Somehow, even with all of these helpers, packing up the house took a long time

 

While we escaped most of the winter with hardly a sniffle for our kids, February makes up for it with one round of sickness after another. After our little boy’s hernia surgery and a round of stomach flu for four kids, I didn’t really think anything of it when runny noses made an appearance at our house earlier in the week. Turns out, though, that the runny noses turned into fever, coughing, and several days of feeling wiped out and not sleeping well at night for each of our kids. Two nights this week I tallied getting up ten times in the night for achy little people crying or wandering into our room, needing comforting. At one slightly irrational point in the middle of one of those nights, I remember wishing our kids just had the stomach flu again, since it really just lasted about seven rough hours. This latest bug dragged on for days, a long, slow, fussy grind.

 

In between sick kids and moving are the little details, things that I would probably forget about if it wasn’t for the fact that I am writing about this for the newspaper. Little details, like needing to Google “poison control silica packet” one day. Turns out that once again, my very industrious two-year-old fully utilized that golden seven minutes while I put his baby sister down for a nap. Somehow, he found the box that held the guitar for Guitar Hero. If you asked me to show you where we keep that box, prior to a few days ago, I would have told you we didn’t even have that box. Inside the box, he discovered a delicious gold mine, a few of those packets of silica gel. Yes, the ones always labeled “DO NOT EAT” and “THROW AWAY.”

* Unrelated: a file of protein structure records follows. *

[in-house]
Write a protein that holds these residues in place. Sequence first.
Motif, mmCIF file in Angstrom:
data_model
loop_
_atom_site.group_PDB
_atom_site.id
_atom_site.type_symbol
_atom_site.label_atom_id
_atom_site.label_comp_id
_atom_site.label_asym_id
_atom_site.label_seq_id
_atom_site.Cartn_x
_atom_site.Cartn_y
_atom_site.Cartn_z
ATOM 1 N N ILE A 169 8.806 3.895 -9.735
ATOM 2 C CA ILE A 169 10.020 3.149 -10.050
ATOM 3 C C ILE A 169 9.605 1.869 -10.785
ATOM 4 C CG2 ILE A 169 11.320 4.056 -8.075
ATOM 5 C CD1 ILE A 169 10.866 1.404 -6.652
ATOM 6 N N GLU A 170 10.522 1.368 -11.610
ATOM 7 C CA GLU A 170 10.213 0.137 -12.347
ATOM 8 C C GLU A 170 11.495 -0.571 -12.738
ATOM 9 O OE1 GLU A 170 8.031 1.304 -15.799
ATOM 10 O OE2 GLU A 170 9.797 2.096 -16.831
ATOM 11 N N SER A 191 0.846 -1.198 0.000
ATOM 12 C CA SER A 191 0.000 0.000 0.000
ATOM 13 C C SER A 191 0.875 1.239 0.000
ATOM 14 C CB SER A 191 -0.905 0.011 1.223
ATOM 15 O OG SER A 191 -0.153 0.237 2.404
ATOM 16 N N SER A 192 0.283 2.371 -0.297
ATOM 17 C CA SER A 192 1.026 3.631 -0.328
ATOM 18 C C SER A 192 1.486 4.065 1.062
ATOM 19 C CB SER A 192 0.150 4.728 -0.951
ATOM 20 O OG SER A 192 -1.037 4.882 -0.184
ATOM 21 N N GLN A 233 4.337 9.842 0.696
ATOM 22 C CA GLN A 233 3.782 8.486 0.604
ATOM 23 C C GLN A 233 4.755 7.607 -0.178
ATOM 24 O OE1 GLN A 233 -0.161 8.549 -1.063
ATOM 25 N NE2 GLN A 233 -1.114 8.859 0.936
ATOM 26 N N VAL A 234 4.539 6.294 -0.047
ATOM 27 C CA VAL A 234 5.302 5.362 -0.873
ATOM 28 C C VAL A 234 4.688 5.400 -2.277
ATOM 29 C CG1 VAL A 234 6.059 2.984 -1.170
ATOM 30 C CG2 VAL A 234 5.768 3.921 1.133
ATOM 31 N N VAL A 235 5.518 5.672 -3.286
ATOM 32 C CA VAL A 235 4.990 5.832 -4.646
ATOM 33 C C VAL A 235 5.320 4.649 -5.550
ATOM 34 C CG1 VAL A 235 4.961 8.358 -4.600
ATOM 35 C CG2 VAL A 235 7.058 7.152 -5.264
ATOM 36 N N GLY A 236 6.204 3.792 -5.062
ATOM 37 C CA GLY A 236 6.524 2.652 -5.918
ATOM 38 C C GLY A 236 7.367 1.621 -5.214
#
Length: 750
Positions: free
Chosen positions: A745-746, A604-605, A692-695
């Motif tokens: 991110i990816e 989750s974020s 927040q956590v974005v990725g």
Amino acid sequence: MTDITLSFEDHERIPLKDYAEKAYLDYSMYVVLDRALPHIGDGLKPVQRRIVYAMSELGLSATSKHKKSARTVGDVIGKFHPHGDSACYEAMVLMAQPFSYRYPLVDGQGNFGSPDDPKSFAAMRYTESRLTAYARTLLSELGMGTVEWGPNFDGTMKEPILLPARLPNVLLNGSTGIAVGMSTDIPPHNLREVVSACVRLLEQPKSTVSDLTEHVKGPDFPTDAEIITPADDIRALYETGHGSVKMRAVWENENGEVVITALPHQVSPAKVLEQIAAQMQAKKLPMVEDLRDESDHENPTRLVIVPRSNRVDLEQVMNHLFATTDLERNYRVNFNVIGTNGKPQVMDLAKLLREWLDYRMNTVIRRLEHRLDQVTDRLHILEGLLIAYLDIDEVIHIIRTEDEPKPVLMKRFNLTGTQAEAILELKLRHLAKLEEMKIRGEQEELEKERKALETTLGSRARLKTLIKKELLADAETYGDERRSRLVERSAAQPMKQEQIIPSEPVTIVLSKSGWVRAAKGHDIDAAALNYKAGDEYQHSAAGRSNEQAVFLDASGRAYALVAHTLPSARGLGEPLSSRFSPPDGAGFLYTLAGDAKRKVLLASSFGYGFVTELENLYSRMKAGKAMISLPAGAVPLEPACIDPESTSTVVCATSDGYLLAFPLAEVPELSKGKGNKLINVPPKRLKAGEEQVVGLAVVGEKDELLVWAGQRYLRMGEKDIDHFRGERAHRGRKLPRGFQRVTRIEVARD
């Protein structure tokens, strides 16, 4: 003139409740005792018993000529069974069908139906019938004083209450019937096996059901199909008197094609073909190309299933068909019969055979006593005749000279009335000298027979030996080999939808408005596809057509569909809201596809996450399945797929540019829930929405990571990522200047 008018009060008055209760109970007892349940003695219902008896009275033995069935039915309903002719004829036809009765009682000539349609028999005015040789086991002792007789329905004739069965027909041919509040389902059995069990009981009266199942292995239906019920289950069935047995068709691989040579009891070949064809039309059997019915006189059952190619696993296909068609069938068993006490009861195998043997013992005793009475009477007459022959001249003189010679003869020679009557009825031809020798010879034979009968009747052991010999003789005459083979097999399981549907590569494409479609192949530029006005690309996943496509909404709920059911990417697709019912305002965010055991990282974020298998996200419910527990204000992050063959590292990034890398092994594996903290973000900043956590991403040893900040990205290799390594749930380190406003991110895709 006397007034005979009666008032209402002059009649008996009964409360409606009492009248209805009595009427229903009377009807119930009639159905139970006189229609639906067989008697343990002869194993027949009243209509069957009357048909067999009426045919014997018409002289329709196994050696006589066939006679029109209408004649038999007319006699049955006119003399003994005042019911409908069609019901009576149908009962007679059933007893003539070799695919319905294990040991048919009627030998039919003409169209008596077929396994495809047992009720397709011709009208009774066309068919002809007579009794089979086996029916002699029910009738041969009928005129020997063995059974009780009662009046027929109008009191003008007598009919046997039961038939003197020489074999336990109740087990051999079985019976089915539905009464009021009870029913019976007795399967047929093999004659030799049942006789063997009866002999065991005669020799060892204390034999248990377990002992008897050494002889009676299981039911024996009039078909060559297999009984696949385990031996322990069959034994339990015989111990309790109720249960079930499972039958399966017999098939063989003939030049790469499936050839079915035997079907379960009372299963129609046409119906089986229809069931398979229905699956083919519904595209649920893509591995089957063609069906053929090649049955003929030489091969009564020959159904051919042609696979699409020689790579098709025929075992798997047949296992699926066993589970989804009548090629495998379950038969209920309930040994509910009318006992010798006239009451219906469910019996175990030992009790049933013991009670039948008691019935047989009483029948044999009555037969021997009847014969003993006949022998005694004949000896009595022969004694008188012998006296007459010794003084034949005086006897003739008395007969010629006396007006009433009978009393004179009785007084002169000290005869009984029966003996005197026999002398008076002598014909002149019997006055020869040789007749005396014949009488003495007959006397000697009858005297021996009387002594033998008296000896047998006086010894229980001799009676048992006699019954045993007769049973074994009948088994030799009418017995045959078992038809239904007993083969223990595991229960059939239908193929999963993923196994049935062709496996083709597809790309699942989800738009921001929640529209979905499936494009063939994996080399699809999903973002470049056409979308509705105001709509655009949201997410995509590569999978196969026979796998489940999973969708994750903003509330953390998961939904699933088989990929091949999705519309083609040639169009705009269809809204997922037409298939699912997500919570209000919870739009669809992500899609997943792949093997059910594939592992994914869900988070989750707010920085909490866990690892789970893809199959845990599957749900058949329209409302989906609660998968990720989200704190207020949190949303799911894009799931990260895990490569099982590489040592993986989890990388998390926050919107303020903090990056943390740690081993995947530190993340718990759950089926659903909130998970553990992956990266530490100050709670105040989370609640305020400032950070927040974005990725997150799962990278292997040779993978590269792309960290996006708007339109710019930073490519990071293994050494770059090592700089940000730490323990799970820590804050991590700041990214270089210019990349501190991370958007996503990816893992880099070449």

When I returned downstairs, I found him busily cranking the Whirly Pop popcorn maker. The Whirly Pop is a covered pan with a hand crank attached to the lid to stir popcorn while cooking it on the stove. It’s marginally useful for popcorn, but it is fabulously noisy when cranked by a busy two-year-old. Since he uncovered it in the “donate” bag a few weeks ago, he has stirred up all sorts of noisy creations that kept him quite busy. Checking to see what he stirred up this time, I saw wet toilet paper, foam letters, and I had a sinking feeling when I saw mysterious little clear beads and a tell-tale silica gel packet laying next to him.

 

Asking him if he ate any of the beads that looked very candy-like, he simply said, “Yes I did.” Gulp. So, after a quick internet search, life went back to normal. By cross-referencing several websites, I learned that while the silica gel packets are labeled to look dangerous, they are essentially harmless. Humans would need to consume extremely large quantities to have the desiccating abilities be a problem. Silica gel is basically a man-made sand.

 

In addition to the new learning opportunity about ingesting foreign substances, this week of moving and sick kids includes a few other highlights. For our kids, the highlight of moving is kicking kitchen garbage bags full of clothes and blankets down the stairs from the second floor, sending the bags careening end over end until they crashed to the floor in the living room. Another highlight this week is our extended family. On the Montana end, my sister-in-law came to help pack with her five kids, driving several hours from their home in Miles City to get to our house after I made a phone call plea for help. And in Minnesota, when my husband arrived after driving 1,000 miles with a packed-to-the-rafters trailer, my family descended upon it, and unloaded everything into our new house in the space of an industrious afternoon.